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Union Budget: Precept And Practice - Outside View by S.S. TARAPORE

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Union Budget: Precept And Practice
Mar 11, 2015

The Union Budget for 2015-16 is breathtaking in its vision, intent and content. The crucial issue is how the measures will be implemented. The powerful corporate sector has already given it a thumbsup and the upper income groups would be ecstatic. It is, however, necessary to look at the Budget from the perspective of the underprivileged and whether precept is reflected in practice.

Regressive tax system

It is a basic tenet of public finance that indirect taxes are regressive. In the Budget for 2015-16, the direct tax proposals result in a loss of Rs 8,315 crore of revenue while the measures relating to indirect taxes result in an additional yield of Rs 23,383 crore. This has been the trend for many years, which accentuates the regressive nature of the Indian tax system.

The direct tax regime from the 1950s to the 1970s was confiscatory. Since the 1980s, the direct tax regime has been progressively eased. There has been a withdrawal of estate duty, a phased reduction in the maximum income tax slab, abolition of the gift tax (for relatives), exemption from capital gains tax for stock market activity and now abolition of the wealth tax. More importantly, dividends are exempt from tax in the hands of the recipient. All this has made the Indian direct tax regime one of the mildest in the world.

Thrust on social sectors

A commendable feature of the Budget is the major thrust on the social sectors which, if successfully implemented, would be of great benefit to the masses. The Budget recognises that incremental changes will not suffice and therefore, a quantum jump is necessary. To this effect, the vision is that by 2022, the 75th year of Independence, there should be a visible progress in the living conditions of the masses. The clarion call for 2022 is 'Housing for all'-two crore houses in urban areas and four crore houses in rural areas, with basic facilities of power supply, clean drinking water, toilet facilities, connection to a road and provision of basic medical facilities. These are bold targets and it is hoped that they will be, substantially, if not wholly, achieved.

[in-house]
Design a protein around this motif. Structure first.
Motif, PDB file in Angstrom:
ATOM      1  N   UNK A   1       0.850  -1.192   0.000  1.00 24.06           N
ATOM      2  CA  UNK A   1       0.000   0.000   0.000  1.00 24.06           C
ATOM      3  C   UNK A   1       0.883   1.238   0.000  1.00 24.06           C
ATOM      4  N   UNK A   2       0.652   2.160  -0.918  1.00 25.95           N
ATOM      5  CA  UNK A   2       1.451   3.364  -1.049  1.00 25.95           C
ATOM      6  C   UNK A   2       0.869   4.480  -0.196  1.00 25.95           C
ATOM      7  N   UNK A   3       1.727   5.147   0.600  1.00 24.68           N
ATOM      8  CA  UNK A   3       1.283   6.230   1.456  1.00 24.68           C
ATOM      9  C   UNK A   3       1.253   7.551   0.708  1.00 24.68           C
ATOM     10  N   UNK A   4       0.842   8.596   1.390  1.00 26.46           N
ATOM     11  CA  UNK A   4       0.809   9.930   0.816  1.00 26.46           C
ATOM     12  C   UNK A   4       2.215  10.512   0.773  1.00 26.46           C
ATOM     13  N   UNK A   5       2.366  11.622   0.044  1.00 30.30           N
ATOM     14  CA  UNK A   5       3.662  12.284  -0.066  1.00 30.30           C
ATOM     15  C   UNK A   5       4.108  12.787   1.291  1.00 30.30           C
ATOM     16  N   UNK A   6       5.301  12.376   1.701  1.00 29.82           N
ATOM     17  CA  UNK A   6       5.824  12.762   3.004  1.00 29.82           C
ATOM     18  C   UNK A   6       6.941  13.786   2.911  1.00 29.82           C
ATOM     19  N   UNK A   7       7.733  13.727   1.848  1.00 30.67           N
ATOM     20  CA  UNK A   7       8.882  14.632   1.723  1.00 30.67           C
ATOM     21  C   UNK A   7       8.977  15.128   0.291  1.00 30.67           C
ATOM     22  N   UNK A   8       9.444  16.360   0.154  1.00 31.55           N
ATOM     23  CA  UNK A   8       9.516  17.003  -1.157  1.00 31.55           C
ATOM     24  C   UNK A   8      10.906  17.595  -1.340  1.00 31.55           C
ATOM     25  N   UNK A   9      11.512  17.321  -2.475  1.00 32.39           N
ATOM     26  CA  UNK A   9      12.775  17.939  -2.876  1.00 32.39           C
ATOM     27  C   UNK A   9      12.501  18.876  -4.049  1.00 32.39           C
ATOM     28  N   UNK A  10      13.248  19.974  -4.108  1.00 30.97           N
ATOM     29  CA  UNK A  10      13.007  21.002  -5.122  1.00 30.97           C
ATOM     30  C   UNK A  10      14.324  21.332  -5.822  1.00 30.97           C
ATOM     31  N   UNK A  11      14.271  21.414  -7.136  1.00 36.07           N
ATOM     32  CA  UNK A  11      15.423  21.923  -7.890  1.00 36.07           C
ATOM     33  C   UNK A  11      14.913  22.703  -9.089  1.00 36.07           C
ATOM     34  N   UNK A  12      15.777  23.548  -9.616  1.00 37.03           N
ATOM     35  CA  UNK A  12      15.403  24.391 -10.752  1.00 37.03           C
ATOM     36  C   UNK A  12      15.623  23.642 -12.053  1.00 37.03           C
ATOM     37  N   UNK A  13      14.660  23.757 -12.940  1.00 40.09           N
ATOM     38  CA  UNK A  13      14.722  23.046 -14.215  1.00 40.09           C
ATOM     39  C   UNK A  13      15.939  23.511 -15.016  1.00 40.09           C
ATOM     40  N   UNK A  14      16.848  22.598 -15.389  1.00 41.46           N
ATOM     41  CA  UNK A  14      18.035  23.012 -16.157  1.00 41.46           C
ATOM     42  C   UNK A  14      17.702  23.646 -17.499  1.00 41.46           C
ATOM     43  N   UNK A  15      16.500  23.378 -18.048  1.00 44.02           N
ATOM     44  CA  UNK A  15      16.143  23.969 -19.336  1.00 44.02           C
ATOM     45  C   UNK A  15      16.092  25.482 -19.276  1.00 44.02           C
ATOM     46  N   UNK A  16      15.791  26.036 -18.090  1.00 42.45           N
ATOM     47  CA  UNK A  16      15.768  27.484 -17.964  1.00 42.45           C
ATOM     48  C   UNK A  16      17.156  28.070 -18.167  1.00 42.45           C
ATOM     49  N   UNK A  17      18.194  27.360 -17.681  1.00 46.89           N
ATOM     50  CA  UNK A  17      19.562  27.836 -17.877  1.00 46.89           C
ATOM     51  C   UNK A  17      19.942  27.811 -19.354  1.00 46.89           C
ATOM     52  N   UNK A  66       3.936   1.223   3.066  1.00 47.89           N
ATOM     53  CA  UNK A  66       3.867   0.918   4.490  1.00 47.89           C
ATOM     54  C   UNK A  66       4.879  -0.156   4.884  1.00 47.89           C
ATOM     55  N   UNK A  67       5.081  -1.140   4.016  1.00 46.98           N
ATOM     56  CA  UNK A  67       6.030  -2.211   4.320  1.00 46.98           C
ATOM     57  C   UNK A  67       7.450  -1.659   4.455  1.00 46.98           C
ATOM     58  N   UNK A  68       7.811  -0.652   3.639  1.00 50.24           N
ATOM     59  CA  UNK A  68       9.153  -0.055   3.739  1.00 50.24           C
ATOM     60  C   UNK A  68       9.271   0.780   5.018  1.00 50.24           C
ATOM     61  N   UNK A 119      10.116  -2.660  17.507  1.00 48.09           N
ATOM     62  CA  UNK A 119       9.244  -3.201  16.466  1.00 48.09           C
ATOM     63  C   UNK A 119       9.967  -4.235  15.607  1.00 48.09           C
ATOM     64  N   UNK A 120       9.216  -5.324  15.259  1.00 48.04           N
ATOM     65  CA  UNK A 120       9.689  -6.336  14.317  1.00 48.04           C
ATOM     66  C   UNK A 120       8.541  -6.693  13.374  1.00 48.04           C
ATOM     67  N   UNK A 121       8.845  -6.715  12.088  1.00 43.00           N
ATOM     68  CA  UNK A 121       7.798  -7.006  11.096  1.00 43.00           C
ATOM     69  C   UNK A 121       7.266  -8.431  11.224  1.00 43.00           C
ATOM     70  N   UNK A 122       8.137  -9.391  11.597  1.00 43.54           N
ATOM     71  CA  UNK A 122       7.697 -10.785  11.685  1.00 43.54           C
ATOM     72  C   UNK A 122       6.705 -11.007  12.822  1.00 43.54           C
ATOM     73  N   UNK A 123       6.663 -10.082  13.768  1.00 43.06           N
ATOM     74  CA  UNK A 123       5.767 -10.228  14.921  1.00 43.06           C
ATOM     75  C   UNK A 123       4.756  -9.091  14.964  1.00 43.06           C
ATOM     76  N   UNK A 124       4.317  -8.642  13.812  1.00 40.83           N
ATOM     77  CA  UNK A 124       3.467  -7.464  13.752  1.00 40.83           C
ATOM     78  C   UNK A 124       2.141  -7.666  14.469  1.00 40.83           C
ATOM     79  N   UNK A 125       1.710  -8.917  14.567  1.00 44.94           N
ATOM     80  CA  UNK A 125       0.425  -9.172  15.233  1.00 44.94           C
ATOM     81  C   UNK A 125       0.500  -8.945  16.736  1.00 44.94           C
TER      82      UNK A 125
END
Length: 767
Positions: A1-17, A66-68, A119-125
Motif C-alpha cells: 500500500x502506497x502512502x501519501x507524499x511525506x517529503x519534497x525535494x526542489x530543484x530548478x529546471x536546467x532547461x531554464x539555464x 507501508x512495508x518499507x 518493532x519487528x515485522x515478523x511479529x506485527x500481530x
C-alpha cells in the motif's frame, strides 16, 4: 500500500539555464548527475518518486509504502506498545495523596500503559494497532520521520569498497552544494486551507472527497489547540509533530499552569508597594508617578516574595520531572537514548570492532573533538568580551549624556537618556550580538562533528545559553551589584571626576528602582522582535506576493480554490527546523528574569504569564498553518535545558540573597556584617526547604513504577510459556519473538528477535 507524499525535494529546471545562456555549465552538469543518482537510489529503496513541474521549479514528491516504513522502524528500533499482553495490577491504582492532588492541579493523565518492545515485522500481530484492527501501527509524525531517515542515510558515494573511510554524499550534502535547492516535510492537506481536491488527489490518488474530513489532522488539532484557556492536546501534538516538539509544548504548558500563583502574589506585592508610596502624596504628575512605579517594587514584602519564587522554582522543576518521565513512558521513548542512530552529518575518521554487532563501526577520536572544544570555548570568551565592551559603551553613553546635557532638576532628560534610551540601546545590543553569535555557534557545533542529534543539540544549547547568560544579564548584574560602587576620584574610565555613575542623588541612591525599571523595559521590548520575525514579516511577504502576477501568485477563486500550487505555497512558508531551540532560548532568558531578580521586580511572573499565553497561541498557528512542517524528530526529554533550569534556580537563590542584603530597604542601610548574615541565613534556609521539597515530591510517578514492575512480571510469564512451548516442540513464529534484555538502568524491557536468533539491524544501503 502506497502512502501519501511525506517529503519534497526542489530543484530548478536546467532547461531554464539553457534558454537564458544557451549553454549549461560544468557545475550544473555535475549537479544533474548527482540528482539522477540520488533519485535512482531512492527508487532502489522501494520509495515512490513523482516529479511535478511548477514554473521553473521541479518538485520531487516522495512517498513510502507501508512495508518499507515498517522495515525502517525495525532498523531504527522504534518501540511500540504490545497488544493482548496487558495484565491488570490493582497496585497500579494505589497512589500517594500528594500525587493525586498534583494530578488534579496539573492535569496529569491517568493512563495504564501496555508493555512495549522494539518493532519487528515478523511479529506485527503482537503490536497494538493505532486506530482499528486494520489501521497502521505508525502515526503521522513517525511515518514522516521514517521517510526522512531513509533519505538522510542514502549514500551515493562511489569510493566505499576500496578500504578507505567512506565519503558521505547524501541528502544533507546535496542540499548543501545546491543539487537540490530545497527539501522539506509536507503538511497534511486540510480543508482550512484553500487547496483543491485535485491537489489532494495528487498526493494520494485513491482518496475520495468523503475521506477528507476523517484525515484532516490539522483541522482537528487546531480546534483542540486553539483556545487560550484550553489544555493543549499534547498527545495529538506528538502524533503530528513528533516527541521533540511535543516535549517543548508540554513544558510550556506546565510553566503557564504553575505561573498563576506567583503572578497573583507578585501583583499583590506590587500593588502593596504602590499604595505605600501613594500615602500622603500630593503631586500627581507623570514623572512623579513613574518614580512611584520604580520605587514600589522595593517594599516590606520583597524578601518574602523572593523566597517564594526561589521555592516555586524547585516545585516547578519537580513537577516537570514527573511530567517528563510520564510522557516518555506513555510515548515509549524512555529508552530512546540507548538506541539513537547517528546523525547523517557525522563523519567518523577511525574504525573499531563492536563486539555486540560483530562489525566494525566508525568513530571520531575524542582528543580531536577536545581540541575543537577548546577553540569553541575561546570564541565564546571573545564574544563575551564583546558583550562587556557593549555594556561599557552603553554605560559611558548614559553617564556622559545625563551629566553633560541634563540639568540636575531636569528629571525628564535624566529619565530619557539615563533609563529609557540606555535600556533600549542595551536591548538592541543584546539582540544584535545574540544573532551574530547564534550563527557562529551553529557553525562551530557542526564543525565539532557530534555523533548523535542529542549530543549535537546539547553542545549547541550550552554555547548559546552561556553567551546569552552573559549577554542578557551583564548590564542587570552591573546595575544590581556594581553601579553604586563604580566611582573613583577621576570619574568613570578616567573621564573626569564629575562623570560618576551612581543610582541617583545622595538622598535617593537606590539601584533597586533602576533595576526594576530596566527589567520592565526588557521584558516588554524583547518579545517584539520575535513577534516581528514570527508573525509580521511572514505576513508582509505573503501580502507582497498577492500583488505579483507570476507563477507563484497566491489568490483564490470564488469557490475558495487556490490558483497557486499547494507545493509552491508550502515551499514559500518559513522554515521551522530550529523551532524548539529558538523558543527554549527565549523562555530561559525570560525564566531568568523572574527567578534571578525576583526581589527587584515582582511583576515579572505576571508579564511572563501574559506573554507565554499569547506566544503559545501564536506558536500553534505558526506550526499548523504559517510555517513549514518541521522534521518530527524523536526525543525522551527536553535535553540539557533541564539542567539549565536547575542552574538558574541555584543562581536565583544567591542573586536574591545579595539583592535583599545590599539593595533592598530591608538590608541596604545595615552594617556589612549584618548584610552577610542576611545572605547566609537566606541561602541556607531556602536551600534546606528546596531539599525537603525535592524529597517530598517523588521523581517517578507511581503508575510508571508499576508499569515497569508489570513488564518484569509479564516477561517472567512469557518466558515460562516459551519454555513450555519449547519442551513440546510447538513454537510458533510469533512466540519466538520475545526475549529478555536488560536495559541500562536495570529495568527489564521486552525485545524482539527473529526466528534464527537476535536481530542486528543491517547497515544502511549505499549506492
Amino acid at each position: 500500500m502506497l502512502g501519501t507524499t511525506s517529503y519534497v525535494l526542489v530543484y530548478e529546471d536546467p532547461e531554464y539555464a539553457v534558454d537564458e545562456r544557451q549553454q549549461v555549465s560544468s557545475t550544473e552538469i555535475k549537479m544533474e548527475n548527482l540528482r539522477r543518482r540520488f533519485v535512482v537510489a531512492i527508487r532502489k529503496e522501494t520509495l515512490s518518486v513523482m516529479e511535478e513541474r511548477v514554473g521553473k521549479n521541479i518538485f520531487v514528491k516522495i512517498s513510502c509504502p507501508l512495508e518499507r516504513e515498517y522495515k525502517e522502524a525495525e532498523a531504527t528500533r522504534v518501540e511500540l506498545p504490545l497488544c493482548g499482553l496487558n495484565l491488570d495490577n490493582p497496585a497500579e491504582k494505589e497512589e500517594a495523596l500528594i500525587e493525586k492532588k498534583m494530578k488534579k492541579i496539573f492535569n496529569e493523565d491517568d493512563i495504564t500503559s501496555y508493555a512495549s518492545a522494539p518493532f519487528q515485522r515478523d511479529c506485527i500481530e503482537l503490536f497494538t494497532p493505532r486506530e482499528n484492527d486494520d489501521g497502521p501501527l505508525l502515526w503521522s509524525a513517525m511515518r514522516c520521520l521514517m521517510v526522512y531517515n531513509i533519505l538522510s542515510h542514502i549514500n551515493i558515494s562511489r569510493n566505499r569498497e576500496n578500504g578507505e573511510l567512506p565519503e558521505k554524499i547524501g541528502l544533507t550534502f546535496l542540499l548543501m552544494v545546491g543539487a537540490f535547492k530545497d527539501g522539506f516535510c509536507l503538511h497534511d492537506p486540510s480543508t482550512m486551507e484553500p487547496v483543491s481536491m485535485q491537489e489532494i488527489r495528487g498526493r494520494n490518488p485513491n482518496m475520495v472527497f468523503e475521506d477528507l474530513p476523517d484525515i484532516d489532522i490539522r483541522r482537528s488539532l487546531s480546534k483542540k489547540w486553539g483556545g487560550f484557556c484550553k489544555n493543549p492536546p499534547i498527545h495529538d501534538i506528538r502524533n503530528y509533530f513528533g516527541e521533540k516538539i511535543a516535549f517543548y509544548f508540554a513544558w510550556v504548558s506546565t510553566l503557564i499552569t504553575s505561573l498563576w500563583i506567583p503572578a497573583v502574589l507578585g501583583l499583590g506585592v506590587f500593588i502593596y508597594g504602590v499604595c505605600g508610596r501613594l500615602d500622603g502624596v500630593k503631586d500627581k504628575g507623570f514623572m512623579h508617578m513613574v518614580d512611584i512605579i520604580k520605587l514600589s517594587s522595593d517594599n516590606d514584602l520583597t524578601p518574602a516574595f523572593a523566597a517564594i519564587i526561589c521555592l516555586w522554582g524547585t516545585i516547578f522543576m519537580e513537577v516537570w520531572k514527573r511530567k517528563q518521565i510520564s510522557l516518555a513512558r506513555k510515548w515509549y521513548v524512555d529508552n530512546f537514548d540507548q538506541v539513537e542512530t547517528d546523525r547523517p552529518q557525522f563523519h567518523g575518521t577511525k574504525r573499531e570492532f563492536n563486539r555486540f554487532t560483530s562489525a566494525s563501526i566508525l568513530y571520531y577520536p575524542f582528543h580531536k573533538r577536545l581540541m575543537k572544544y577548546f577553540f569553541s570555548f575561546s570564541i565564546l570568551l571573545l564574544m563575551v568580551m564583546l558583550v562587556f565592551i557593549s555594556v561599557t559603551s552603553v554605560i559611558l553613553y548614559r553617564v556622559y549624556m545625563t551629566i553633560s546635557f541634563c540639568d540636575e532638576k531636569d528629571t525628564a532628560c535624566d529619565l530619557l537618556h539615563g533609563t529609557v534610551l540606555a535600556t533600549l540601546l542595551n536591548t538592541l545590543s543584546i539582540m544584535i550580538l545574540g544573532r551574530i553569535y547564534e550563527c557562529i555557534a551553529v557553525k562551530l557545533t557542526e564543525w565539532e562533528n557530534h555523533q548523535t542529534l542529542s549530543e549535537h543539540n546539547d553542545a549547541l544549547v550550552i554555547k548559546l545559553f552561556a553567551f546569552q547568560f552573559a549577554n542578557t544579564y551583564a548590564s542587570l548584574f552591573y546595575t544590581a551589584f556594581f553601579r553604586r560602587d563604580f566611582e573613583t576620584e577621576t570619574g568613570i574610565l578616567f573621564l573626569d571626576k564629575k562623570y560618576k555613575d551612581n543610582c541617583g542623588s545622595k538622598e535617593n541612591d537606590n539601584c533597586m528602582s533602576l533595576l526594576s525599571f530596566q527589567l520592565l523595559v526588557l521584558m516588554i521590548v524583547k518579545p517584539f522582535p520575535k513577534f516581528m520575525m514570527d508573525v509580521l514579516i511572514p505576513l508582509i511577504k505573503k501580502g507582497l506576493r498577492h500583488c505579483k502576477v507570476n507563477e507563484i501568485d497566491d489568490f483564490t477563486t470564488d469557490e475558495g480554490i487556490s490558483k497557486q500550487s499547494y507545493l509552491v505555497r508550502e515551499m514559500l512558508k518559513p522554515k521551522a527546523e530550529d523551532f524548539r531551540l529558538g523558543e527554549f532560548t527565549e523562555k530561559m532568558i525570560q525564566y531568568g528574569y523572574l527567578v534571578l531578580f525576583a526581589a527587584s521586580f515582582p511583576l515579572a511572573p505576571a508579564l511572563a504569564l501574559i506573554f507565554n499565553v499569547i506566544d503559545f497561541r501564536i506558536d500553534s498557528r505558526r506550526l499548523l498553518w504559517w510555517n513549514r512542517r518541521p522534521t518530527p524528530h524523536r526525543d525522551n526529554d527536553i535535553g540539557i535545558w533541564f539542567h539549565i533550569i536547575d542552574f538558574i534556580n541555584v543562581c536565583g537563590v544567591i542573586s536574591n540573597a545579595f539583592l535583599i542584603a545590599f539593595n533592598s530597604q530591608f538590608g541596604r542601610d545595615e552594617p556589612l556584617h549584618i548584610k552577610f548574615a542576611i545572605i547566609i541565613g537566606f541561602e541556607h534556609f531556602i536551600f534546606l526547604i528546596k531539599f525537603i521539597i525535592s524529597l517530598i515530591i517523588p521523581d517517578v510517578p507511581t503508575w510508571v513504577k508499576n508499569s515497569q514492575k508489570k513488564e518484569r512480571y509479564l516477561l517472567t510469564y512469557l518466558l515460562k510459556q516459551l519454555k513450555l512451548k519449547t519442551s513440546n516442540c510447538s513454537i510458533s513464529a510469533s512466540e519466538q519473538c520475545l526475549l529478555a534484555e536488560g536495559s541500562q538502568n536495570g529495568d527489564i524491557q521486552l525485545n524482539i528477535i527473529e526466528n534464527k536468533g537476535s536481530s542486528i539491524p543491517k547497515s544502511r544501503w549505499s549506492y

Universal Social Security

The Budget recognises that large tracts of the population are without any kind of health, accident and life insurance and are bereft of old age pension security. Hence, the Budget has announced the creation of a Universal Social Security system for all Indians. The objective is to provide a defined pension, depending on the contribution and its period. The government would contribute 50 per cent of the beneficiaries' premium, subject to a ceiling of Rs 1,000 a year for five years only, to accounts opened by December 31, 2015. This is a programme of critical importance which must be implemented. A well-conceived major awareness campaign needs to be launched.